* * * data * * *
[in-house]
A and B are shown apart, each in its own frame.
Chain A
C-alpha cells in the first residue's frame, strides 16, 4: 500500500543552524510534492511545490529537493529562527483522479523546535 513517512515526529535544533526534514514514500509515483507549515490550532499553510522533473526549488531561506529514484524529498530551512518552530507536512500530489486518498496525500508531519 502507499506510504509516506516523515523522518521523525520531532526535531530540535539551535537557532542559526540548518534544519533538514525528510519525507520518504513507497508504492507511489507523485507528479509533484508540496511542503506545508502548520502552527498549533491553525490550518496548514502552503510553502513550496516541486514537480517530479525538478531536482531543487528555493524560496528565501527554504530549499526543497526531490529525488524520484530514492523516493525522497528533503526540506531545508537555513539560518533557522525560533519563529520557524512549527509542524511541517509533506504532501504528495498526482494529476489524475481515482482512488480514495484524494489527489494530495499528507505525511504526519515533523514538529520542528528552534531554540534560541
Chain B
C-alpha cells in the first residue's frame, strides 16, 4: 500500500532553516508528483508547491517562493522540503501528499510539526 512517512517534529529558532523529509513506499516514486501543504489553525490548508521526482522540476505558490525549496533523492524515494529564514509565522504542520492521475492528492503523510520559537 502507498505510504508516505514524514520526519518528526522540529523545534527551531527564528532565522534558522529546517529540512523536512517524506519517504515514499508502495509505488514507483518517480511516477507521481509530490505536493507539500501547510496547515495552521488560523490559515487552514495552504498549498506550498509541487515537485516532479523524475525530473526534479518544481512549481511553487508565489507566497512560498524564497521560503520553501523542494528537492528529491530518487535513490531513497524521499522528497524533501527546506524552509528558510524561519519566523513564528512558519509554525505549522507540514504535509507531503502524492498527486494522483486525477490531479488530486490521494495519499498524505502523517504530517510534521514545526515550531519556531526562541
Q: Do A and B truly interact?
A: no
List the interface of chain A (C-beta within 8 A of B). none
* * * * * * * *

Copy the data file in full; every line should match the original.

[in-house]
A and B are shown apart, each in its own frame.
Chain A
C-alpha cells in the first residue's frame, strides 16, 4: 500500500543552524510534492511545490529537493529562527483522479523546535 513517512515526529535544533526534514514514500509515483507549515490550532499553510522533473526549488531561506529514484524529498530551512518552530507536512500530489486518498496525500508531519 502507499506510504509516506516523515523522518521523525520531532526535531530540535539551535537557532542559526540548518534544519533538514525528510519525507520518504513507497508504492507511489507523485507528479509533484508540496511542503506545508502548520502552527498549533491553525490550518496548514502552503510553502513550496516541486514537480517530479525538478531536482531543487528555493524560496528565501527554504530549499526543497526531490529525488524520484530514492523516493525522497528533503526540506531545508537555513539560518533557522525560533519563529520557524512549527509542524511541517509533506504532501504528495498526482494529476489524475481515482482512488480514495484524494489527489494530495499528507505525511504526519515533523514538529520542528528552534531554540534560541
Chain B
C-alpha cells in the first residue's frame, strides 16, 4: 500500500532553516508528483508547491517562493522540503501528499510539526 512517512517534529529558532523529509513506499516514486501543504489553525490548508521526482522540476505558490525549496533523492524515494529564514509565522504542520492521475492528492503523510520559537 502507498505510504508516505514524514520526519518528526522540529523545534527551531527564528532565522534558522529546517529540512523536512517524506519517504515514499508502495509505488514507483518517480511516477507521481509530490505536493507539500501547510496547515495552521488560523490559515487552514495552504498549498506550498509541487515537485516532479523524475525530473526534479518544481512549481511553487508565489507566497512560498524564497521560503520553501523542494528537492528529491530518487535513490531513497524521499522528497524533501527546506524552509528558510524561519519566523513564528512558519509554525505549522507540514504535509507531503502524492498527486494522483486525477490531479488530486490521494495519499498524505502523517504530517510534521514545526515550531519556531526562541
Q: Do A and B truly interact?
A: no
List the interface of chain A (C-beta within 8 A of B). none